News circulated Monday morning that the United Nations had officially called for the decriminalization of all drugs in a brief, two-page report. Richard Branson, CEO of Virgin, hinted on Sunday that the announcement would be made, but by Monday morning, the U.N. announced it had no such intention and that the document merely reflected the author’s opinion. Even so, the BBC and Branson himself suggest the document was withdrawn following resistance from at least one country.
As Richard Branson wrote in a blog post before the official release of the report:
“In an as-yet unreleased statement circulated to the BBC, myself and others, the UN Office on Drugs and Crime (UNODC), which has shaped much of global drug policy for decades, call on governments around the world to decriminalise drug use and possession for personal consumption for all drugs.”
The report was to be released at an international harm reduction conference in Kuala Lumpur, Malaysia. Branson continued:
“It’s exciting that the UNODC has now unequivocally stated that criminalisation is harmful, unnecessary and disproportionate, echoing concerns about the immense human and economic costs of current drug policies voiced earlier by UNAIDS, the World Health Organisation, UNDP, The UN High Commissioner for Human Rights, UN Women, Kofi Annan and UN Secretary-General Ban Ki-moon.”
However, Branson, a long-time opponent of the Drug War, wrote that as he drafted his blog post, the briefing had already drawn harsh opposition. “But as I’m writing this,” he said, “I am hearing that at least one government is putting an inordinate amount of pressure on the UNODC.”
“Let us hope the UNODC, a global organisation that is part of the UN and supposed to do what is right for the people of the world, does not do a remarkable volte-face at the last possible moment and bow to pressure by not going ahead with this important move.”
By Monday, the U.N. had disputed Branson’s announcement of the document. “The briefing paper on decriminalisation mentioned in many of today’s media reports, and intended for dissemination and discussion at a conference in Kuala Lumpur, is neither a final nor formal document … and cannot be read as a statement of UNODC policy,” a spokesperson announced.
I would not be surprised. And look how many will walk away from prisons.
Just as George Soros and his progressive pawns (i.e. Democrats) have been wanting. Time to kick the UN back to the third-world sheethole it represents.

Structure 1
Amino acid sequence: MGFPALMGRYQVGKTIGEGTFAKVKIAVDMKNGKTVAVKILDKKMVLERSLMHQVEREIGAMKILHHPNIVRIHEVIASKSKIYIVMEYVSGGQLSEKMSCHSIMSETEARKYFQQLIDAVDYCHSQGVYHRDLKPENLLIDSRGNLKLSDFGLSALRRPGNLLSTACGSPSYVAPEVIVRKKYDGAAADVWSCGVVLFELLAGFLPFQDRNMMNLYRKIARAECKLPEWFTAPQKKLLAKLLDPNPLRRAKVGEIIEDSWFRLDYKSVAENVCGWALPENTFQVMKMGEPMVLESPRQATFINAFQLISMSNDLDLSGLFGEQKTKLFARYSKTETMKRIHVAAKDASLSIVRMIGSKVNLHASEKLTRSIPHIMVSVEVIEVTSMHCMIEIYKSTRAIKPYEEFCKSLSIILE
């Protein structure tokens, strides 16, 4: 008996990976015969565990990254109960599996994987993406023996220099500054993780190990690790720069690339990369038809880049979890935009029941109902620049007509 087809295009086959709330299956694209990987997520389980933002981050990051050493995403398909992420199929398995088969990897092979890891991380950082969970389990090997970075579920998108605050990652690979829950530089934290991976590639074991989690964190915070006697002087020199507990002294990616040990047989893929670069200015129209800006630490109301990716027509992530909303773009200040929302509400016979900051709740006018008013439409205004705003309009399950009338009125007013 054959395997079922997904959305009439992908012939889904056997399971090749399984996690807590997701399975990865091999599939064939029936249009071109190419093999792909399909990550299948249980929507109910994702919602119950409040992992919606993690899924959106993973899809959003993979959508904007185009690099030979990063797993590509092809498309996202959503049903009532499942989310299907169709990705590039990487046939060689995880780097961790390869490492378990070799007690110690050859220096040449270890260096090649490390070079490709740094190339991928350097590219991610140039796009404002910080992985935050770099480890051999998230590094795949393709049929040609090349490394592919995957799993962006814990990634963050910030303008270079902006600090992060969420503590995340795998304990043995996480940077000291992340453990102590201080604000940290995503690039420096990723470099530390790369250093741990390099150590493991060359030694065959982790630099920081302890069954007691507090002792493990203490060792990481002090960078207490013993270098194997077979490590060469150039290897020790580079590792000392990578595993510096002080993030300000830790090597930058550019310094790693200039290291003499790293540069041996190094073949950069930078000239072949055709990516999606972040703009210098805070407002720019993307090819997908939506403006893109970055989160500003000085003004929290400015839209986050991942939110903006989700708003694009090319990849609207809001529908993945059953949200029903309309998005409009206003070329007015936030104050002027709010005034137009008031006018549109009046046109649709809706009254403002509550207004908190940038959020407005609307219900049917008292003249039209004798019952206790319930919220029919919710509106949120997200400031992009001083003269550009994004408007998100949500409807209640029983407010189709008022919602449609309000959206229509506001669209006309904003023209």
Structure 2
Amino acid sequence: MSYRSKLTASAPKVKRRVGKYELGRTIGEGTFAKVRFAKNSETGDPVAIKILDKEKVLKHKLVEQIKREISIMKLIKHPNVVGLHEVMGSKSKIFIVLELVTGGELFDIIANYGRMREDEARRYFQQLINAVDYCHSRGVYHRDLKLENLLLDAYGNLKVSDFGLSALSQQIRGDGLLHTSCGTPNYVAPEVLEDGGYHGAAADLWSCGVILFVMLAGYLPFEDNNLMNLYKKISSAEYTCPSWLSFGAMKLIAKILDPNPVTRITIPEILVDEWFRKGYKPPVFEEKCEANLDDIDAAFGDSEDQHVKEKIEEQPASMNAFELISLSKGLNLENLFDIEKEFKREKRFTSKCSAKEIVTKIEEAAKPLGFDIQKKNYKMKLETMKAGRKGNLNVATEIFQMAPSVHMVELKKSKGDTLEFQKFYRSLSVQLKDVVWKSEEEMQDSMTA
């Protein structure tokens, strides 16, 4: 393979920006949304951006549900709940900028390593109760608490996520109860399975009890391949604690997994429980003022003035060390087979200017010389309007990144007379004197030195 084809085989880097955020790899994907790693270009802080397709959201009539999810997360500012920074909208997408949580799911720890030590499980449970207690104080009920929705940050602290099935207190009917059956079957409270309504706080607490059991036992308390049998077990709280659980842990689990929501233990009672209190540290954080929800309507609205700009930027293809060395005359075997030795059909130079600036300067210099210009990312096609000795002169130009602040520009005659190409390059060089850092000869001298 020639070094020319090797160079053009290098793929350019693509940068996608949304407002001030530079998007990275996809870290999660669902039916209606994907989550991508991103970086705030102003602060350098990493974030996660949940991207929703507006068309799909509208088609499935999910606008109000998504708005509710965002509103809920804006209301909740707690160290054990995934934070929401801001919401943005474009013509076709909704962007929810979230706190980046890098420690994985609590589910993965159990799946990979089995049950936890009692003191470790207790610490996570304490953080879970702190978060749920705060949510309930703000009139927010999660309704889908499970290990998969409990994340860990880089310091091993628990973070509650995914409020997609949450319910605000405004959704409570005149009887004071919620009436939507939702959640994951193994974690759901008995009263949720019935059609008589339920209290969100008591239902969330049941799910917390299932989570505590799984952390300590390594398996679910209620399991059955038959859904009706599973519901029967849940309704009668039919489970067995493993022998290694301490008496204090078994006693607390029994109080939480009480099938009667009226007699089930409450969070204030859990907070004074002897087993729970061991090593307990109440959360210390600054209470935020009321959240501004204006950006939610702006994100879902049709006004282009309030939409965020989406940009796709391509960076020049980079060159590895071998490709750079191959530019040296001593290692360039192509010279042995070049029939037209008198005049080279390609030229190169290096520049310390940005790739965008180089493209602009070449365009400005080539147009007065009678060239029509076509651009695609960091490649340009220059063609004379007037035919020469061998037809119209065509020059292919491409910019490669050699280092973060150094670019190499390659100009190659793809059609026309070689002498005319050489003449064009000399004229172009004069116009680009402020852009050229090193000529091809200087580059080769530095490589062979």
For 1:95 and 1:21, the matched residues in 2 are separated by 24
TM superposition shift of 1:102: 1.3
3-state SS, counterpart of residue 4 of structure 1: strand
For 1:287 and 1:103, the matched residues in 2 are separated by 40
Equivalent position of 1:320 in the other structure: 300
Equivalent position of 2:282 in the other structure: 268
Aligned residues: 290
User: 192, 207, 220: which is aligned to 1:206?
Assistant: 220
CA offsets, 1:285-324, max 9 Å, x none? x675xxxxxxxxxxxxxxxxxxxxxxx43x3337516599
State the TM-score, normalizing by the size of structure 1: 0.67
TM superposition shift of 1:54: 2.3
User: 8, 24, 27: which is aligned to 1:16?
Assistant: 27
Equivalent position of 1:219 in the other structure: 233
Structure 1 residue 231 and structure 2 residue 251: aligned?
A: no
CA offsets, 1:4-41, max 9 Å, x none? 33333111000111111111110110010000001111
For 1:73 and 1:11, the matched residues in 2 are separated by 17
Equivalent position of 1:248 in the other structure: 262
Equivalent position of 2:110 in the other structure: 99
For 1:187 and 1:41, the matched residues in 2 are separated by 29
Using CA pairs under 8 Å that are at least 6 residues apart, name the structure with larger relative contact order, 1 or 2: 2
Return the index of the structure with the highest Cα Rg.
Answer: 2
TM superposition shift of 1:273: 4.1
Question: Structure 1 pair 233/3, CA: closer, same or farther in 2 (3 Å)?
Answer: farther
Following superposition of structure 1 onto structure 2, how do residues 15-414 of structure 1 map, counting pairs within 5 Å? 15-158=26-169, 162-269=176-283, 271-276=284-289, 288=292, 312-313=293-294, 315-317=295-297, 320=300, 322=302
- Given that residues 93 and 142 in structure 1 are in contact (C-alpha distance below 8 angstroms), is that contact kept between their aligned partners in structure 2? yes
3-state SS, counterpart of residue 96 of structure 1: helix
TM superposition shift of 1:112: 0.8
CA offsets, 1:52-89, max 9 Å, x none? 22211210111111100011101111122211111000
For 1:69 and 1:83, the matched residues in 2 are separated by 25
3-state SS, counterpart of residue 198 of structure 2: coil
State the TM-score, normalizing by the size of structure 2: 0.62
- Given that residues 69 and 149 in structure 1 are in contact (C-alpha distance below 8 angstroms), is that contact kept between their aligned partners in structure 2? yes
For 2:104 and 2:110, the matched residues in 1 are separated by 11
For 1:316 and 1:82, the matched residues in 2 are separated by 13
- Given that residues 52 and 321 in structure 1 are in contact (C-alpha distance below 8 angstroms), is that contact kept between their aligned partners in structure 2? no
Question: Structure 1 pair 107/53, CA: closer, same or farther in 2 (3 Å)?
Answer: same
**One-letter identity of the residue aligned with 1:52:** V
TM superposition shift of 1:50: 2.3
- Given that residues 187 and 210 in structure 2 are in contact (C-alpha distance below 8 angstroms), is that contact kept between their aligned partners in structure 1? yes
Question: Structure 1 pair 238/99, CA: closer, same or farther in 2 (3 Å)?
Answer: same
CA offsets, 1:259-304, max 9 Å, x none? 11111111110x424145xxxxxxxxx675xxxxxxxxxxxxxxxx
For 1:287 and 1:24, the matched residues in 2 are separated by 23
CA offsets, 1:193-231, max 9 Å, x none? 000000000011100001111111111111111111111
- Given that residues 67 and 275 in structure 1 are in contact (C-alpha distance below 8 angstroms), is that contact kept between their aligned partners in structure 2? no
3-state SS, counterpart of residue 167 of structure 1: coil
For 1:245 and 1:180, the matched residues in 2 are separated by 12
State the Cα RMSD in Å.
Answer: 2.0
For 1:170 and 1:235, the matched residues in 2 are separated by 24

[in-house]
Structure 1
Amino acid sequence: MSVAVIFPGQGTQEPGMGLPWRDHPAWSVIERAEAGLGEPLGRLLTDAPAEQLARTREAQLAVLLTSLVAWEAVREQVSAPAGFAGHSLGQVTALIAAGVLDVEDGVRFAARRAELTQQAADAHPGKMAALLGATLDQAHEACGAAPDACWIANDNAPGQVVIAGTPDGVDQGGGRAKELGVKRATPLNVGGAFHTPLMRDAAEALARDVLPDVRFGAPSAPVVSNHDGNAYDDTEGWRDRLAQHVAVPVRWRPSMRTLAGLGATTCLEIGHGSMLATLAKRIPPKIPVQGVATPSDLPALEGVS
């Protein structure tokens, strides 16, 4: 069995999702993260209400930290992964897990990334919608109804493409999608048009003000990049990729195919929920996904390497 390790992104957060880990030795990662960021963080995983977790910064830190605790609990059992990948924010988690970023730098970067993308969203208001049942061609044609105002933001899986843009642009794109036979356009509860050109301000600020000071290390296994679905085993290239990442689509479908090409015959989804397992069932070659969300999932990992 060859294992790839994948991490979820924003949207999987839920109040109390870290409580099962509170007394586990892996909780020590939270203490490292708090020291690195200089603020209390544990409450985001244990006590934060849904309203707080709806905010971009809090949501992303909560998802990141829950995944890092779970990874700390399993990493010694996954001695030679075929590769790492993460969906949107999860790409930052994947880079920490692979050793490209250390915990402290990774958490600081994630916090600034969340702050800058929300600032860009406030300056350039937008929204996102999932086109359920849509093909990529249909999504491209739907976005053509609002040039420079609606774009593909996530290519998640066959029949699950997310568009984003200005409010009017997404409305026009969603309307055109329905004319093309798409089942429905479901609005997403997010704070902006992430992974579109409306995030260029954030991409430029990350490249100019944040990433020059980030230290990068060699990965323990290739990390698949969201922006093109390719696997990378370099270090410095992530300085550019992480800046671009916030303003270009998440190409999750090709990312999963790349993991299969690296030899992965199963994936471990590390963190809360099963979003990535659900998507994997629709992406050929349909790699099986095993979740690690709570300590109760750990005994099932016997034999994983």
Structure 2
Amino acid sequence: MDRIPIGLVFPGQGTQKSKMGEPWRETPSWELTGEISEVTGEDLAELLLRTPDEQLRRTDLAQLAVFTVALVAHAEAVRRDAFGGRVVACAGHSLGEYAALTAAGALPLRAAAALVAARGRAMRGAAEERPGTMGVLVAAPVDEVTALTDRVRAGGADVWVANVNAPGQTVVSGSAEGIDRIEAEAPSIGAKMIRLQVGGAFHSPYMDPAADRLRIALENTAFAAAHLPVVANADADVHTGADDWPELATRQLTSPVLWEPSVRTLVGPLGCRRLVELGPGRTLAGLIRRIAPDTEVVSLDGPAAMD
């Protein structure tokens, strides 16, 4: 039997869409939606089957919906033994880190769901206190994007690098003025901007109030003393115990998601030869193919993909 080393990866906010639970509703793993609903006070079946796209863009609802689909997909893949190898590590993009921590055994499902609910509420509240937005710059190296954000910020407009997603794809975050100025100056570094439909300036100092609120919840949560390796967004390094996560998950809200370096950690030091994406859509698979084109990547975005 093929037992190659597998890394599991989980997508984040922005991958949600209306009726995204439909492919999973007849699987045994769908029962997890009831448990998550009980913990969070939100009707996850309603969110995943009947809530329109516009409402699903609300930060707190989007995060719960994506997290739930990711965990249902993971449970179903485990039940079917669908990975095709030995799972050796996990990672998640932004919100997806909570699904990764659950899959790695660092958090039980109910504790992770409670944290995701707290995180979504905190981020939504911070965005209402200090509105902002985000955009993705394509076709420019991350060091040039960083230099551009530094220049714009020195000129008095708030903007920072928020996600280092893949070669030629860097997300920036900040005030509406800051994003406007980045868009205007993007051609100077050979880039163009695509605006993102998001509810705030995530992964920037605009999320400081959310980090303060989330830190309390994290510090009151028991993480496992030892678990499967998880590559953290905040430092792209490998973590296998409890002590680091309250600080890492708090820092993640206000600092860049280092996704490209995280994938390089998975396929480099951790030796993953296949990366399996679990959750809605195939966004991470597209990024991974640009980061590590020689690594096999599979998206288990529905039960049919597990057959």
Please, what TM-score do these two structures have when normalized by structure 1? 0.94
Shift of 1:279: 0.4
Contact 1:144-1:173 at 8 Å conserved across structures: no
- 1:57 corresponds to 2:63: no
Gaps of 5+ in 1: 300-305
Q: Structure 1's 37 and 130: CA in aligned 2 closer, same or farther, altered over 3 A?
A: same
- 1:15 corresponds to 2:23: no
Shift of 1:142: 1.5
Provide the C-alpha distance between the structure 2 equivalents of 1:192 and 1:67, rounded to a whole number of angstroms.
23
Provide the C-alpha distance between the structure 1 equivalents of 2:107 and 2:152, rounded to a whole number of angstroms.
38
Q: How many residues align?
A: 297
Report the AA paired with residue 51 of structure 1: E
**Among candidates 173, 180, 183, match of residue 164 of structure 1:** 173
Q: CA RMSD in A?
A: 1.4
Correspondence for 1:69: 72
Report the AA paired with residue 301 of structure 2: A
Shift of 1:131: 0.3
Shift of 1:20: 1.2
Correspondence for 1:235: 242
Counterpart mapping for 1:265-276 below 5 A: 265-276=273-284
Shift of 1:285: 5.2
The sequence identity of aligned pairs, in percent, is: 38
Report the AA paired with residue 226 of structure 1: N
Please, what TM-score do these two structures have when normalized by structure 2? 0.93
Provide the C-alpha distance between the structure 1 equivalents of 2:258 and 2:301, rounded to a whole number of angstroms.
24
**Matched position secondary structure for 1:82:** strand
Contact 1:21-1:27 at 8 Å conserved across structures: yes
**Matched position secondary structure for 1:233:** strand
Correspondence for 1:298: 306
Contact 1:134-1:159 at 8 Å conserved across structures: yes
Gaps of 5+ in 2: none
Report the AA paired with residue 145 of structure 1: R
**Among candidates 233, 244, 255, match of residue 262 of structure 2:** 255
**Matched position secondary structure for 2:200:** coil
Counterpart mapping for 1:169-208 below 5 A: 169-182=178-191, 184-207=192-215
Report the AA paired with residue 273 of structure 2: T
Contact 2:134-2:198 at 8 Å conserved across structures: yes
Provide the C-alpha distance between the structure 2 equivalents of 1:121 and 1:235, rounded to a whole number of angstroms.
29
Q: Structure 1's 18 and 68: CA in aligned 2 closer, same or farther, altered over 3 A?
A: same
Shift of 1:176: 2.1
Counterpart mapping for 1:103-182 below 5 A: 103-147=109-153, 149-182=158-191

ANYBODY IN THIS COUNTRY EVER TAKE AN OATH TO SUPPORT AND DEFEND THE UNITED NATIONS?
none of them did. Their oath was to defend America. Maybe they forgot.
I am not permitted to just blast the information because the technology I am now using while classified as FDA Class 1, the Class 2 designation is in process and a lot of on line exposure could affect that. When I learned of this I could see prescription medication would no longer be needed as they are today. I can share information with those who request it and I am happy to do so.
OK, let's administer a large dose of 100% pure heroin to every junkie. It will cut down the junkies; they'll all be dead. with needles in their arms.. Next the meth heads. Throw a free meth party in a padded room, and every one is issued knives. there's a pile of meth on a table, but wants it all?
The lessons learned from prohibition are clear. Drugs currently classified as illegal should be legal and regulated. While we are at it legalize and regulate prostitution. Both drugs and prostitution would be safer We would have revenue contributing businesses that are safer and eliminate most of the cost of enforcement which has never been shown to work - ever.
Don't you folks get it, the legalizing of pot in those few states are just test beds for national legalizing of all illegal and regulated drugs. They have tried everything else to either make a butt load of tax money and allowing people to legally sell this crap. I may be wrong but in the next 10-15 years illegal drugs will be sold just like alcohol.